Now if someone makes a comment it doesn't bother me at all. I realised a little while ago that my eczema is just a part of me. It doesn't define me, but it does have an impact on my life, in a negative and positive way.

If you are a parent of a child, or know a child, who is having to listen to regular comments about their eczema, there are a few things you can do to help prevent their self esteem being affected.

  • Talk to them, and listen. Venting can be good for children. Sometimes just having someone to listen to you can feel like having a weight lifted
  • Empathise. Put yourself in their shoes. Nobody likes to have comments made about any aspect of their appearance. Especially not everyday
  • Make them feel special. They are completely fine just the way they are. It is a cliché that beauty is only skin deep, but it is so true. I have realised this more, the older I have gotten
  • Teach them to ignore comments. Easier said than done I know! A comment says more about the person saying it than the person it is directed at
  • Find support. This could be in your family, friends or even in a support group. It may help you and your child to meet other eczema sufferers and their families

I have found explaining eczema to people sometimes helps. A lot of people don't realise how hard it can be to live with. One person said to me that they thought it was 'a little patch of dry itchy skin'....if only!

As an adult you can still feel the sting of a negative comment. It can take you back to when you were a child. It took me until my early 20's to be able to ignore comments.

They are more times than I care to remember when I have had a thoughtless comment thrown at me. I find laughing helps me, and completely throws the other person!

I think making people more aware of eczema is very important. Everyone seems to know someone who has eczema, but most people don't really understand the impact it has on sufferers.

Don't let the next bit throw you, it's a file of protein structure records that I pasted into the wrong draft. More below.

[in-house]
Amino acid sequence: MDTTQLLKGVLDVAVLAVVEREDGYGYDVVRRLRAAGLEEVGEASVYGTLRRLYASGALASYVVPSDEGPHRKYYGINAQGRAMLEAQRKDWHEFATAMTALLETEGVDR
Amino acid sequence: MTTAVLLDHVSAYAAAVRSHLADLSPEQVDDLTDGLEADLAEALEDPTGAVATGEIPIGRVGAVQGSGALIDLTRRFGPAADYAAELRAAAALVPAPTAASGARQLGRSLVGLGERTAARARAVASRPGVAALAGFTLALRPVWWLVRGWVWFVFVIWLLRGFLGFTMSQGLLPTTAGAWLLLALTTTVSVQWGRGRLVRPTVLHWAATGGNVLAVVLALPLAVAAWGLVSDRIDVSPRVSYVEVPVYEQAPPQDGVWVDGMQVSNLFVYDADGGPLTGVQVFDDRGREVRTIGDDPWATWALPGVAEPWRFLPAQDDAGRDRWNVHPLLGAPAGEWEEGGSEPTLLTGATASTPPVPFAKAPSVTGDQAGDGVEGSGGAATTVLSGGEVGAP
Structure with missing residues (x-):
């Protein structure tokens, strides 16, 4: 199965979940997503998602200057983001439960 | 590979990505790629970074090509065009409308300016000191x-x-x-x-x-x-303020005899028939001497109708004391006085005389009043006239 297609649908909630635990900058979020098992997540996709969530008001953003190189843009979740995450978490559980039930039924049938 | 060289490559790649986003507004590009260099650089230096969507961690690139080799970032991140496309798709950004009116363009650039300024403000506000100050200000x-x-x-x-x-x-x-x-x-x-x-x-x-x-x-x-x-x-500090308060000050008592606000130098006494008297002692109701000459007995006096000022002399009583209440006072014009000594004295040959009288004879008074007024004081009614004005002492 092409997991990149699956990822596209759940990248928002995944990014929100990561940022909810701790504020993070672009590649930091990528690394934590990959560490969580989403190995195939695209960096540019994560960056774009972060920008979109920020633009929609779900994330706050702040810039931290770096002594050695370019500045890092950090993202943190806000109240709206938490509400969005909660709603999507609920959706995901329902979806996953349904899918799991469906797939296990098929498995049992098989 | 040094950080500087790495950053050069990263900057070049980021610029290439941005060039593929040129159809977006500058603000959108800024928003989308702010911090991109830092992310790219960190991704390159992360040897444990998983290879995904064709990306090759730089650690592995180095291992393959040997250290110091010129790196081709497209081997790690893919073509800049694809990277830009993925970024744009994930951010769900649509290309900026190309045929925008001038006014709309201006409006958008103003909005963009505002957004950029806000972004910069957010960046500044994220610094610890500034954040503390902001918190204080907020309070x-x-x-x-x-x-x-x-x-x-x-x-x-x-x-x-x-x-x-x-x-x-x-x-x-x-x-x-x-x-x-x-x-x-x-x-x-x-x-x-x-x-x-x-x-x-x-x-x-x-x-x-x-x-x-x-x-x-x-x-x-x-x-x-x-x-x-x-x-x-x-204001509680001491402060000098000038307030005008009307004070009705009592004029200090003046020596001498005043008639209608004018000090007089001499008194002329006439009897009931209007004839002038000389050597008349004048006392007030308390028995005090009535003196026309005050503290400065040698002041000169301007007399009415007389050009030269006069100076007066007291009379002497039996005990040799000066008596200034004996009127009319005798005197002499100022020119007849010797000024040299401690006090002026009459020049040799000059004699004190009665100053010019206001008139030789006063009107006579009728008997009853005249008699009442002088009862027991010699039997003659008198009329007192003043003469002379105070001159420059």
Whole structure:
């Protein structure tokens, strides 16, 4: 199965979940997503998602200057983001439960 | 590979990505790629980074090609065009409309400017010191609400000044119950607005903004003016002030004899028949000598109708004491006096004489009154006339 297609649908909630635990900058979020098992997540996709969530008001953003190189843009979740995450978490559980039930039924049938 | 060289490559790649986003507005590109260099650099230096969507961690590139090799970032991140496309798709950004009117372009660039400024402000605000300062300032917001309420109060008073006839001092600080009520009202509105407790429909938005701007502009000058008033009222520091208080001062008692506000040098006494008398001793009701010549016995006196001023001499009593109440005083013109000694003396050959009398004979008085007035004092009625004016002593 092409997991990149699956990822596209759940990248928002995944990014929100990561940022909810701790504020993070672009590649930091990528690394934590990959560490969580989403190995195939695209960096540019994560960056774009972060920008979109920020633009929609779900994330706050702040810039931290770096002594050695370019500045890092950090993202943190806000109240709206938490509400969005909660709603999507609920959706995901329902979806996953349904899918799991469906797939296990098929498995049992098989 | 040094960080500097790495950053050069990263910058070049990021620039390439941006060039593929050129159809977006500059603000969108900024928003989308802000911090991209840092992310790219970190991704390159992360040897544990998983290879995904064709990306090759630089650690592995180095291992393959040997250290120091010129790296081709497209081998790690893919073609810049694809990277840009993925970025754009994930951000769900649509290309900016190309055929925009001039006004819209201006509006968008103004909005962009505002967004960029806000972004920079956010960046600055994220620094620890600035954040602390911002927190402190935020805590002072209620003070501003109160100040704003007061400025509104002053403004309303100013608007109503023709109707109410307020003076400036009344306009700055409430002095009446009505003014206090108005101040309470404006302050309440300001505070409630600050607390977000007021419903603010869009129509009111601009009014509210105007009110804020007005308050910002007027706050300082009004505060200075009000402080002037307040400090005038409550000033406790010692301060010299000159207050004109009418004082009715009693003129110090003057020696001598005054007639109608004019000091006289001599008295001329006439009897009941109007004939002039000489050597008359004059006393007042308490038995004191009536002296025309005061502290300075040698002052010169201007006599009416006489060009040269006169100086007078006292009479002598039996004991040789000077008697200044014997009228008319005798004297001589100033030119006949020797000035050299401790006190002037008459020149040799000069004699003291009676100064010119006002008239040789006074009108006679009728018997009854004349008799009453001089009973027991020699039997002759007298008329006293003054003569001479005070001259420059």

I would be very interested to know how you have taught your child to deal with comments. Or how, as an adult, you brush them aside. It would be great to share your experiences.

Do you have a tip you would like to share? Let me know :)

5 Ways To.......naturally soothe your skin

1. 1. Colloidal Oatmeal. Is good for moisturising your skin. It keeps the skin hydrated. It can also help to relieve itchy skin, and reduce the redness of inflammation. You can use it in the bath, or as part of a cream or soap

2. Aloe Vera. Aloe vera benefits eczema as is very soothing, and helps to moisturise the skin. You can use aloe vera in a few different ways to help with eczema. One of the best ways to use it on your skin is in a cream or gel. Use a cream or gel that is natural, and has no added chemicals in it. As it is natural you can use it as often as you need to

3. Chamomile. As a natural anti inflammatory it helps to relieve the symptoms of inflammation. Redness, swelling and soreness. It can also help to soothe your skin and help to reduce itchiness. Preventing further damage to your skin

4. Coconut Oil. It is a great moisturiser. It can help to keep your skin hydrated. Stopping it becoming dry and flaky. It is also a natural anti inflammatory. It can help to soothe the symptoms of your eczema. Reducing redness, soreness and itching

5. Emu Oil. Emu Oil benefits eczema because it helps soothe inflammation. It also absorbs easily into the skin. It absorbs into the deeper layers of the skin, helping to lock moisture in, keeping it hydrated

You can read more about natural eczema treatments, here

Keeping Up-To-Date With What is Eczema

For the latest news about eczema, and any updates to What is Eczema you can subscribe to The Eczema Blog.

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The April edition of Eczema Bulletin will include

  • April's Featured Article – Teething and Eczema
  • My favourite news item of the month
  • Tip of the Month
  • 5 Ways To.....manage nipple eczema

Hope you enjoyed March's Eczema Bulletin, and thanks for reading